Rosalinda Hill and Maisie Chin, co-founders of Community Asset Development Re-Defining Education, CADRE, said it took many students and their families speaking up about the suspension policies to bring this problem to a head.

In lieu of holding just parents accountable, CADRE works with and organizes parents to be able to dig in to the obstructions parents find, as well as the often poor treatment of their children.

But what CADRE found is that students aren’t just receiving suspensions, many are “pushed out” of school.

Dickinson asked Chin how the state might pay for the changes. Chin said there is profiting off of the suspensions because of the many programs created.

Chin said educators instead have to stop looking at these issues as programs, and recognize schools have to develop students as human beings, and not just teach to the tests.

Dr. Robert Ross, President of The California Endowment,  a health foundation created “to address the health needs of Californians,” said his organization recently conducted a poll, which found:

* Four in five voters believe that California school discipline policies need changing.

* Californians voice high levels of support for preventive approaches to school discipline, such as teaching character development and conflict resolution from a young age and teaching positive behavior and skills for managing emotions and making better decisions.

* The survey shows 85 percent of respondents said teachers should have more tools to manage discipline in their classroom, with large majorities supporting expanding student access to counseling services, mental health and substance abuse services.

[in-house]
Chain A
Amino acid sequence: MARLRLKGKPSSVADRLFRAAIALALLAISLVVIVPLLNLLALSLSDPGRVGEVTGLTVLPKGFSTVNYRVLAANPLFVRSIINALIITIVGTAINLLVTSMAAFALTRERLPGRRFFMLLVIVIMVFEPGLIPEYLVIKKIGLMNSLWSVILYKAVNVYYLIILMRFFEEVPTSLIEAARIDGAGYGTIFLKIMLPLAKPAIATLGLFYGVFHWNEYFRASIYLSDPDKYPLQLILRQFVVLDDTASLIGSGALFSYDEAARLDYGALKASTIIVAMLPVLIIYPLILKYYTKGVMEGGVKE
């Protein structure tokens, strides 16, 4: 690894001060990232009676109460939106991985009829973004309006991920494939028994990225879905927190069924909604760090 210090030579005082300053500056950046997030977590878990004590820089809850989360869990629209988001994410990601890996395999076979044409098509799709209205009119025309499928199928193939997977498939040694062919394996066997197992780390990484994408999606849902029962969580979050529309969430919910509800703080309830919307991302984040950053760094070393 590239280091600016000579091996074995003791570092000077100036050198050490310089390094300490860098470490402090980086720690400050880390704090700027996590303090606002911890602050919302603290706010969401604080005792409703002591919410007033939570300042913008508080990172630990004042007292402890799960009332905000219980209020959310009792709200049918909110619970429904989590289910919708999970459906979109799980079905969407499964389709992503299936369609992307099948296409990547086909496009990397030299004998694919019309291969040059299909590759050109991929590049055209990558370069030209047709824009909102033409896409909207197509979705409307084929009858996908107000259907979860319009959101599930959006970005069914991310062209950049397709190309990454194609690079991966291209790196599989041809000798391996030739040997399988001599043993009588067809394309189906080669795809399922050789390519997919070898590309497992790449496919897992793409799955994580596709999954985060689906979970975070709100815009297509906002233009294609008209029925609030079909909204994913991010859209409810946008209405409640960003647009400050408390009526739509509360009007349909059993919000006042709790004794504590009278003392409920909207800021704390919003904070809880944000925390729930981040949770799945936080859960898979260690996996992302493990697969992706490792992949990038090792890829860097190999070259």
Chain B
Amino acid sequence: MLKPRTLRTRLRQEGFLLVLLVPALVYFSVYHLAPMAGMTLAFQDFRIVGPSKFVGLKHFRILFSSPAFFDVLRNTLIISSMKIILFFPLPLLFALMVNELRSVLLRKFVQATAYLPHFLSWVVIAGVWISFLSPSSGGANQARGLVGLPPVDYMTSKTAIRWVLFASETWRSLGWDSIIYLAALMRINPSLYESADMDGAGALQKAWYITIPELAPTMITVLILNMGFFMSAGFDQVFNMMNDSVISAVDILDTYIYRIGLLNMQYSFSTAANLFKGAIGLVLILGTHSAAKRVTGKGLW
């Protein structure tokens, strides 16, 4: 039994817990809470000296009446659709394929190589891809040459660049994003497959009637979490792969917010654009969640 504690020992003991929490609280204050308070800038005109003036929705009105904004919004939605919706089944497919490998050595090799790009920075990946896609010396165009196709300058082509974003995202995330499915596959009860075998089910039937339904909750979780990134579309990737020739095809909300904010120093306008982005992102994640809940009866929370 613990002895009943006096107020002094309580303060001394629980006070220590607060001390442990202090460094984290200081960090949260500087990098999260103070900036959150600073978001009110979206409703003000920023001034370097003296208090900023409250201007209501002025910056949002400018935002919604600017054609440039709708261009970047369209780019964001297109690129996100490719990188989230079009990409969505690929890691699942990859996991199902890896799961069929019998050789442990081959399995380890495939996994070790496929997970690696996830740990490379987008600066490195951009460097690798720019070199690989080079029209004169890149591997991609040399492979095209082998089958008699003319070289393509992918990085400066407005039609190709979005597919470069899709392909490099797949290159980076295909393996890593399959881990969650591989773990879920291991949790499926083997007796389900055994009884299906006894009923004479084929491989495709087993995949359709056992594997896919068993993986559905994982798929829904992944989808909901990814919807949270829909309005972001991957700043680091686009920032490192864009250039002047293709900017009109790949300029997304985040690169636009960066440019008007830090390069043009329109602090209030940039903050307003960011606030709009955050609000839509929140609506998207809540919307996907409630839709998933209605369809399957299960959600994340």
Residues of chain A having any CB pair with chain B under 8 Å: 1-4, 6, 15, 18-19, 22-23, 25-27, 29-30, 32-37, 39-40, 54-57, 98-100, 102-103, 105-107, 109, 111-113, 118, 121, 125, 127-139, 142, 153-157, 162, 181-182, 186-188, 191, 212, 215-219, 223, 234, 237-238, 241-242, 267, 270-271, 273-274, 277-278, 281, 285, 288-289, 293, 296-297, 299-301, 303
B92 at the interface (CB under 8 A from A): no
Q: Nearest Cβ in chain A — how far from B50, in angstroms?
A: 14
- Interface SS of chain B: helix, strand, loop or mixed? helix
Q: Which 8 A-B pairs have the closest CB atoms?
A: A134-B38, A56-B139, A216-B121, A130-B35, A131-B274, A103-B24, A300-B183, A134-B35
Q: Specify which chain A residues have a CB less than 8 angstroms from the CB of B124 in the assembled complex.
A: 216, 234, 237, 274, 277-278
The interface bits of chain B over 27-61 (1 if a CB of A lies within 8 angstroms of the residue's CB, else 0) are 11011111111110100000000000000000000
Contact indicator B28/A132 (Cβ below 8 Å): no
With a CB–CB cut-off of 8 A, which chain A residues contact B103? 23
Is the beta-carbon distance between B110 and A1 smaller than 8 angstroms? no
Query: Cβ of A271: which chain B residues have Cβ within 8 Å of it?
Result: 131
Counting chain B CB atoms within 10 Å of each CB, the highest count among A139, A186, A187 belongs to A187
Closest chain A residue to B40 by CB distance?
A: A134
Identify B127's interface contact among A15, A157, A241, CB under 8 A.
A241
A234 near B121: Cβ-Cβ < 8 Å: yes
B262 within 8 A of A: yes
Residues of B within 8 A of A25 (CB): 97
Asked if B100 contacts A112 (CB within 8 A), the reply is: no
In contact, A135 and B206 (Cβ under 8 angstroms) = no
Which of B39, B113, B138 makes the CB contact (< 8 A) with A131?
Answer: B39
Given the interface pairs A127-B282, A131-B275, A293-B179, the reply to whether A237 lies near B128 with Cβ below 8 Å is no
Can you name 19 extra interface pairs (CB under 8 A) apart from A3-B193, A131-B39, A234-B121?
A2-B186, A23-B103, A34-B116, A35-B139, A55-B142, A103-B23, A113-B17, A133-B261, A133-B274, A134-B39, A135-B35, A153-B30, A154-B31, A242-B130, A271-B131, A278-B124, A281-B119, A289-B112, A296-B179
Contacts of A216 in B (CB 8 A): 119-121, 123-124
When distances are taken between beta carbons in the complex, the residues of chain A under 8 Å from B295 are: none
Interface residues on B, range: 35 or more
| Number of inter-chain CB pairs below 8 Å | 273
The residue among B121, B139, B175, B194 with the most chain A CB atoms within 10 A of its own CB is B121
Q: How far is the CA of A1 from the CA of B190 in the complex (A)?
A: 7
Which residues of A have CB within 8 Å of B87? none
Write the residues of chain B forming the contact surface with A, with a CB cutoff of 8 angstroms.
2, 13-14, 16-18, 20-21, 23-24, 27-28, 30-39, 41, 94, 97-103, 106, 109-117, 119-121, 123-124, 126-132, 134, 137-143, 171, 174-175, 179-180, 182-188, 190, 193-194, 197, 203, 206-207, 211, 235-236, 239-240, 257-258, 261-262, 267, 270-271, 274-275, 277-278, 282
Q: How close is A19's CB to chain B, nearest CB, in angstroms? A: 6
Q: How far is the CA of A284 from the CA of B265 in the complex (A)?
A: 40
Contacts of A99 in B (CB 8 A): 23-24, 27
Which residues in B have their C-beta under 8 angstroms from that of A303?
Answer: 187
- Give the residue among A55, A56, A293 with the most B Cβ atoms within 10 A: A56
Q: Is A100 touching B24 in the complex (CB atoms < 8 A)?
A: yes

* Voters understand the serious consequences that can occur when children are suspended or expelled from school.

* Students favor counselors over armed guards in schools.

Ross said schools need more mental health care as well as nurses available to students.

The next step

The next hearing held by the Assembly Select Committee needs to have the CTA present.

“The clash over education had been building throughout the three-day convention, underscoring a larger debate taking place in education circles,” the Los Angeles Times reported. “A spokeswoman for StudentsFirst said the party failed over the weekend to discuss any concrete steps to improve education.”

The suspension issue isn’t just a discussion of race; it’s a bigger issue of California public schools adequately educating all of the students in attendance, and not just the compliant ones.


Tags assigned to this article:
Lance IzumiRoger DickinsonEducationKaty Grimes